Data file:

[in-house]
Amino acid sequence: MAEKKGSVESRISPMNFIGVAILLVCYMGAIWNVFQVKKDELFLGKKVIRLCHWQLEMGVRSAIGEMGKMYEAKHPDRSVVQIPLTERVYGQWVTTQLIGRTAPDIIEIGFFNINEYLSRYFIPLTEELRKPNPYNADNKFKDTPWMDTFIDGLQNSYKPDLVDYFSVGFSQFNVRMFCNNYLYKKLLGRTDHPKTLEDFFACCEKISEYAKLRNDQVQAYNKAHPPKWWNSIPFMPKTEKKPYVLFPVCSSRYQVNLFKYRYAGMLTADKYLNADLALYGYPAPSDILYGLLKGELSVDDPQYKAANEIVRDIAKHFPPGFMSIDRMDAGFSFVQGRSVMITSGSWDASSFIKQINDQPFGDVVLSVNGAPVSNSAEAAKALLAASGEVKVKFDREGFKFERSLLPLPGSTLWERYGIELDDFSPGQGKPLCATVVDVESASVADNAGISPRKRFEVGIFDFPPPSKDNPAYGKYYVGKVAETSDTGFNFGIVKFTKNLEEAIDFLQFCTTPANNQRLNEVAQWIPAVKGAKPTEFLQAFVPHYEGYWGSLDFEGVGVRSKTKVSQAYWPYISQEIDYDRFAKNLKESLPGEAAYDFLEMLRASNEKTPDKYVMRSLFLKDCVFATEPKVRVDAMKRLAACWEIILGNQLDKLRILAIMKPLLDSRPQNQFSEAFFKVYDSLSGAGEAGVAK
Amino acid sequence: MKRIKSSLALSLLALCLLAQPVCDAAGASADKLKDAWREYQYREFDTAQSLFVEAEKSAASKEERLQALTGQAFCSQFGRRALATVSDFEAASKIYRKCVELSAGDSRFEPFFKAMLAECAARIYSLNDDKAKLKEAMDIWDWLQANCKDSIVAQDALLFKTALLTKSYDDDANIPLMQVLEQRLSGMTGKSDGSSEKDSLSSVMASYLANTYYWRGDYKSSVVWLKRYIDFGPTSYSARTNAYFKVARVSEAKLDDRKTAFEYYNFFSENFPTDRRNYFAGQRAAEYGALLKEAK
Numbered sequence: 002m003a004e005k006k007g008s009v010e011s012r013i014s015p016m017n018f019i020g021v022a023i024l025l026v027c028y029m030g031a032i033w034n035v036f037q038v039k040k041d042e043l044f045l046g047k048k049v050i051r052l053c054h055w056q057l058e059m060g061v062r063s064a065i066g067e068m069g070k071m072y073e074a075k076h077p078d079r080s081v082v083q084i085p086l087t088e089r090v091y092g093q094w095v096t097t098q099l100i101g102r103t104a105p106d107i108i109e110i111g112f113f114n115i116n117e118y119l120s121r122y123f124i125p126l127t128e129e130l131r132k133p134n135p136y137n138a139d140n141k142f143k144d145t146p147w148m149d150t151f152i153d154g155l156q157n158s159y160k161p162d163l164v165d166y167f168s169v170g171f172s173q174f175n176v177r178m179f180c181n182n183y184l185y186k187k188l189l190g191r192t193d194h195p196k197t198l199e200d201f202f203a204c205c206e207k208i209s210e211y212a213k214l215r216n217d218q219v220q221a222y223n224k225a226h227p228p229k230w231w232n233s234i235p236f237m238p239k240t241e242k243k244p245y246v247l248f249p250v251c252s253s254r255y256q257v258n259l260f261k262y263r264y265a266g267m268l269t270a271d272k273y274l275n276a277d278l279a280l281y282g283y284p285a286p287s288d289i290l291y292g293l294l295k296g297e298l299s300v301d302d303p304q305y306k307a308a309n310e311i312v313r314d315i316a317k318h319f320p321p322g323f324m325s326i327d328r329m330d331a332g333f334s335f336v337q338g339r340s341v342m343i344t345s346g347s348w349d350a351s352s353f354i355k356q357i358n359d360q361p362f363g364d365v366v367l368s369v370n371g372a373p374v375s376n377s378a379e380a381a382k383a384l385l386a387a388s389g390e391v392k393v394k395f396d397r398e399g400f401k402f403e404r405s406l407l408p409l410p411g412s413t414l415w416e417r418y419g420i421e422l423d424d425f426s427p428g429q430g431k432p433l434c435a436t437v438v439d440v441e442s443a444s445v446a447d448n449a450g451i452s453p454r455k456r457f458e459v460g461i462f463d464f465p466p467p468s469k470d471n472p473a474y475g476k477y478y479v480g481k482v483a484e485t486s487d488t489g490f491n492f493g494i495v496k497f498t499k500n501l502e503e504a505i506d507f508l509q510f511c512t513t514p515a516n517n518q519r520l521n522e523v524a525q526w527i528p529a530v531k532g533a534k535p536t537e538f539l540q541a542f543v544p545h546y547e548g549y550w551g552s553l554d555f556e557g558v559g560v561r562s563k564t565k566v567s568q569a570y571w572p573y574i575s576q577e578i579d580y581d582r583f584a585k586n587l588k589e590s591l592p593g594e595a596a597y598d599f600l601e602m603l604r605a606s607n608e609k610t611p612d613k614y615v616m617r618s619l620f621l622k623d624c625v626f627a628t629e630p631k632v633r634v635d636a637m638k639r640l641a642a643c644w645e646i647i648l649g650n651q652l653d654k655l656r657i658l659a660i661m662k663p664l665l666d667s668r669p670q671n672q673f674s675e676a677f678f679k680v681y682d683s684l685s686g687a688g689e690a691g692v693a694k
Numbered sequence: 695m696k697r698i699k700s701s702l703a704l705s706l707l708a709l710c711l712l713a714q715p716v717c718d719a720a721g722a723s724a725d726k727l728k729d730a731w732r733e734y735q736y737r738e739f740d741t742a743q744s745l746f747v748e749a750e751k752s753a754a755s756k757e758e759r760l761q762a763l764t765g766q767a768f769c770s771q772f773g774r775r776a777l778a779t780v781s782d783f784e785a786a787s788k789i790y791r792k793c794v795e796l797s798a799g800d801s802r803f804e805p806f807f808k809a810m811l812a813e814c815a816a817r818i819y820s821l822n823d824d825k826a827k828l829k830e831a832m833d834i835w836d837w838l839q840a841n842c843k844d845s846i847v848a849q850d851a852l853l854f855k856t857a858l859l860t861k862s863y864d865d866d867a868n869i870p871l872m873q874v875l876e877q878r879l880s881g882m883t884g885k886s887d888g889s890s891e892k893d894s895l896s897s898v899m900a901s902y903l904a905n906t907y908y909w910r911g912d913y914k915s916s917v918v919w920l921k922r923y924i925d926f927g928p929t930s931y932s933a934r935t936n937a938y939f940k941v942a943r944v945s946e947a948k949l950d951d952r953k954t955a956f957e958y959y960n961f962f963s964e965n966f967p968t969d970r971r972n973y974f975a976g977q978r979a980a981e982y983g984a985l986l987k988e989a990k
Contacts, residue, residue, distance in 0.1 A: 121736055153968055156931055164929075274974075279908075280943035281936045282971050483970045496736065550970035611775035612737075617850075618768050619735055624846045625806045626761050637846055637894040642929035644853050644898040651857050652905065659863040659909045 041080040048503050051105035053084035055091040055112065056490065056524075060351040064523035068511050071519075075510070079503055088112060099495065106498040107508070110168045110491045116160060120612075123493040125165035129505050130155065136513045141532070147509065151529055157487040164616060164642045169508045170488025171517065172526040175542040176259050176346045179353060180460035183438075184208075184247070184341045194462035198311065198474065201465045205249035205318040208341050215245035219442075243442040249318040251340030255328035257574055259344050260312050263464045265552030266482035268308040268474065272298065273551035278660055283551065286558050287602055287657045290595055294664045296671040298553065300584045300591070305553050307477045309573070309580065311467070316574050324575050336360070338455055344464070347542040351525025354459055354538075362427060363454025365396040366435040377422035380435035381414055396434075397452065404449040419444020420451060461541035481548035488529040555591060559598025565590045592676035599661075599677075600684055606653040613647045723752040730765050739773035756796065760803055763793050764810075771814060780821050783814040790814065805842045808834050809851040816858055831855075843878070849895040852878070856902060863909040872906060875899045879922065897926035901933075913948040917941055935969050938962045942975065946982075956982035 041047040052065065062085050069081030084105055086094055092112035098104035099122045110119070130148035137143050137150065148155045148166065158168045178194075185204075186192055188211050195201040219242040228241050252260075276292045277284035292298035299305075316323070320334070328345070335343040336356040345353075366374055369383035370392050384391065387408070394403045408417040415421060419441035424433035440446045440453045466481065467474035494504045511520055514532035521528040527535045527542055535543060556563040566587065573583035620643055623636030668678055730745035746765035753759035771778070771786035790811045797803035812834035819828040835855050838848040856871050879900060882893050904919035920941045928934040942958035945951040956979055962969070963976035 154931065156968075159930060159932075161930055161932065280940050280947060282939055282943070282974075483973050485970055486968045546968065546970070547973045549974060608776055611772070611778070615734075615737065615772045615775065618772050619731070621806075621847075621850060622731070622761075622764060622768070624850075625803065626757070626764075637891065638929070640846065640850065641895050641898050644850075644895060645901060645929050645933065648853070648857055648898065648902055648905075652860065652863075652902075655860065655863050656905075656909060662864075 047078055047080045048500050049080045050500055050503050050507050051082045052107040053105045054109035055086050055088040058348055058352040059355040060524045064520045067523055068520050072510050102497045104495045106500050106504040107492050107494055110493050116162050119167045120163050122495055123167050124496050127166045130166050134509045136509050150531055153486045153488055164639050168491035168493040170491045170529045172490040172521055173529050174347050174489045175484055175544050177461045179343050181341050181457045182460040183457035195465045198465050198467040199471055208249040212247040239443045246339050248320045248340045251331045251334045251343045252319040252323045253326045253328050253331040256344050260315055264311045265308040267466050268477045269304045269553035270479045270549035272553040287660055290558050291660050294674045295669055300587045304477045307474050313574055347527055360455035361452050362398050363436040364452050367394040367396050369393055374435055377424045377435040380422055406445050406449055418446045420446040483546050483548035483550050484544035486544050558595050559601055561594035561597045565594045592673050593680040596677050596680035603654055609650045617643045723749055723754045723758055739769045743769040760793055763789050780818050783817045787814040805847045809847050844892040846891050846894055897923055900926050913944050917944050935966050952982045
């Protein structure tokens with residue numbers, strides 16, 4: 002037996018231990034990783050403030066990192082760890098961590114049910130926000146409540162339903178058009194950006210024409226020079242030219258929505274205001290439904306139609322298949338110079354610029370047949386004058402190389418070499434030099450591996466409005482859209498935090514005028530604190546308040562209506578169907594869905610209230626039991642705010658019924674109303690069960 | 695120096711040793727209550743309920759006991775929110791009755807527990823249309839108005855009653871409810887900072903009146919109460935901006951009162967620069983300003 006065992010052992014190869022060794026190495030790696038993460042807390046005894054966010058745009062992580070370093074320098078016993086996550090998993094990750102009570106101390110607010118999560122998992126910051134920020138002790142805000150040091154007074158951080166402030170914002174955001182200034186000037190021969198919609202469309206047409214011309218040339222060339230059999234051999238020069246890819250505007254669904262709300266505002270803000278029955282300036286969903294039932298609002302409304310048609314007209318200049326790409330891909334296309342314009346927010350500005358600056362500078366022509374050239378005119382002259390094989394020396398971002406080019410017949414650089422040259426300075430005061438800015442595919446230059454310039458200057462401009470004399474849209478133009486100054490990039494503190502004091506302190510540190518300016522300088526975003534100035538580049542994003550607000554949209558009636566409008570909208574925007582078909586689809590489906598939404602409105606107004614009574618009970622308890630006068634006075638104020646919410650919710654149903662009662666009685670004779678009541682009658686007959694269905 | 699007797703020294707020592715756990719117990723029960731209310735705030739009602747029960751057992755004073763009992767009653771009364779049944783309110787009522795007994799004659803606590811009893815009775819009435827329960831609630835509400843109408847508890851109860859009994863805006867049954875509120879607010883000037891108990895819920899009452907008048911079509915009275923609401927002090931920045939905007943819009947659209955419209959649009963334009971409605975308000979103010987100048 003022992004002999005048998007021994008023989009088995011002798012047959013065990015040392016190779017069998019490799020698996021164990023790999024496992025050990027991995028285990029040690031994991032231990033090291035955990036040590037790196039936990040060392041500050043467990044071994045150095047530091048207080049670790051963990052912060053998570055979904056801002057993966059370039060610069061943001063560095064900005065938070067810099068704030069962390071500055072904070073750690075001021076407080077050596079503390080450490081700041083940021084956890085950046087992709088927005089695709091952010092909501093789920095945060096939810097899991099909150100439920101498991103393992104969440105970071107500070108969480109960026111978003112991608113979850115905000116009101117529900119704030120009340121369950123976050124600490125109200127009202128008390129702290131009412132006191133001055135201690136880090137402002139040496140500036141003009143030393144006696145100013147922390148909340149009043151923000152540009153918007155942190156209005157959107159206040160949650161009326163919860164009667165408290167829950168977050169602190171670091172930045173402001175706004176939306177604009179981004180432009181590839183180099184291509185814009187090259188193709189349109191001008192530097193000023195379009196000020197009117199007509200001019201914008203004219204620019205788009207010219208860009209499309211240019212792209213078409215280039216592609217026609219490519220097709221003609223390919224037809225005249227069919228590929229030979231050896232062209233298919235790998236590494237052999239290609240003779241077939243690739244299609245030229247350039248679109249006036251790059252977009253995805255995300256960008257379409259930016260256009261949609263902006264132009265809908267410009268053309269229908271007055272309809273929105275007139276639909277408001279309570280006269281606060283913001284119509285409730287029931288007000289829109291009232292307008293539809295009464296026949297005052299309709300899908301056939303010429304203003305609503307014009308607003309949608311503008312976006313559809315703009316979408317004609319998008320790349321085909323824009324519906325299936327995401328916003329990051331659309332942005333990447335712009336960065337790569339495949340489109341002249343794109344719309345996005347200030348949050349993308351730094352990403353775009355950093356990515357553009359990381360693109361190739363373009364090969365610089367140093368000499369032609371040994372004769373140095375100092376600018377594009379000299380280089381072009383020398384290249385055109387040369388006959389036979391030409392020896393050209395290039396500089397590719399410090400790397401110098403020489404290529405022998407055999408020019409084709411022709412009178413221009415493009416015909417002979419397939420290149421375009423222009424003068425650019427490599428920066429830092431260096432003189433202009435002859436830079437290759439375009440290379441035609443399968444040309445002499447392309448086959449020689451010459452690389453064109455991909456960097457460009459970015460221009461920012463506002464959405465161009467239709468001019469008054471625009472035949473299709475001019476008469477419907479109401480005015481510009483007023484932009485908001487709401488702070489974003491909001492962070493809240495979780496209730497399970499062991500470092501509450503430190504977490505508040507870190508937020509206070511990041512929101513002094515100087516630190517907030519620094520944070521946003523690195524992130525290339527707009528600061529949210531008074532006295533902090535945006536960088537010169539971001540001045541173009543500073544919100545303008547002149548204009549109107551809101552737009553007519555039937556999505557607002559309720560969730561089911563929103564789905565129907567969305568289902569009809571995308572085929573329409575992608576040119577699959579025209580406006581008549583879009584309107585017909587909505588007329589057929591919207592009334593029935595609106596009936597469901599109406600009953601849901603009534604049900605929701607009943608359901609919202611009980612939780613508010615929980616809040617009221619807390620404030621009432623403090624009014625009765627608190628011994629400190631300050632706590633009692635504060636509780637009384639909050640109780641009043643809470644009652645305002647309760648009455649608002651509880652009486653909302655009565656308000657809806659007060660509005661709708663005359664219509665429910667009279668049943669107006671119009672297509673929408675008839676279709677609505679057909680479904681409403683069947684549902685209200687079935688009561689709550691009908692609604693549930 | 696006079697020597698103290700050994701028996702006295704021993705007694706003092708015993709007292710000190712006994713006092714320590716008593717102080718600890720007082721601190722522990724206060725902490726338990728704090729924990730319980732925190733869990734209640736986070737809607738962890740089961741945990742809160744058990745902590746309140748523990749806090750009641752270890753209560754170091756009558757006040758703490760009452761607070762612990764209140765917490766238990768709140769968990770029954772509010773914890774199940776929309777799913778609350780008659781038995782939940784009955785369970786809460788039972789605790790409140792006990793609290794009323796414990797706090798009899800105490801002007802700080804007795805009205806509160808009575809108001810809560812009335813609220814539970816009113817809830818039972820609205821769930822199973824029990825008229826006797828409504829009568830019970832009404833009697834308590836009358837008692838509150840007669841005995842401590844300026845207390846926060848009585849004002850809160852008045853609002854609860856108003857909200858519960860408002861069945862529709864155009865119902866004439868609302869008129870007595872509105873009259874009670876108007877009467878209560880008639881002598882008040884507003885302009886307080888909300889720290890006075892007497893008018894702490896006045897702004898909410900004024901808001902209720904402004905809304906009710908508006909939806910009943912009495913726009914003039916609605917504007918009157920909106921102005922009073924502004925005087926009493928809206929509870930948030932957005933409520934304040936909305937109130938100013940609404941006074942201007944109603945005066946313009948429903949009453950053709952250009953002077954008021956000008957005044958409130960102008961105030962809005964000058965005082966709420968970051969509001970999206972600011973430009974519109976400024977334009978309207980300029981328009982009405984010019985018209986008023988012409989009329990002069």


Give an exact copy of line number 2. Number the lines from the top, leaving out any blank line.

Amino acid sequence: MAEKKGSVESRISPMNFIGVAILLVCYMGAIWNVFQVKKDELFLGKKVIRLCHWQLEMGVRSAIGEMGKMYEAKHPDRSVVQIPLTERVYGQWVTTQLIGRTAPDIIEIGFFNINEYLSRYFIPLTEELRKPNPYNADNKFKDTPWMDTFIDGLQNSYKPDLVDYFSVGFSQFNVRMFCNNYLYKKLLGRTDHPKTLEDFFACCEKISEYAKLRNDQVQAYNKAHPPKWWNSIPFMPKTEKKPYVLFPVCSSRYQVNLFKYRYAGMLTADKYLNADLALYGYPAPSDILYGLLKGELSVDDPQYKAANEIVRDIAKHFPPGFMSIDRMDAGFSFVQGRSVMITSGSWDASSFIKQINDQPFGDVVLSVNGAPVSNSAEAAKALLAASGEVKVKFDREGFKFERSLLPLPGSTLWERYGIELDDFSPGQGKPLCATVVDVESASVADNAGISPRKRFEVGIFDFPPPSKDNPAYGKYYVGKVAETSDTGFNFGIVKFTKNLEEAIDFLQFCTTPANNQRLNEVAQWIPAVKGAKPTEFLQAFVPHYEGYWGSLDFEGVGVRSKTKVSQAYWPYISQEIDYDRFAKNLKESLPGEAAYDFLEMLRASNEKTPDKYVMRSLFLKDCVFATEPKVRVDAMKRLAACWEIILGNQLDKLRILAIMKPLLDSRPQNQFSEAFFKVYDSLSGAGEAGVAK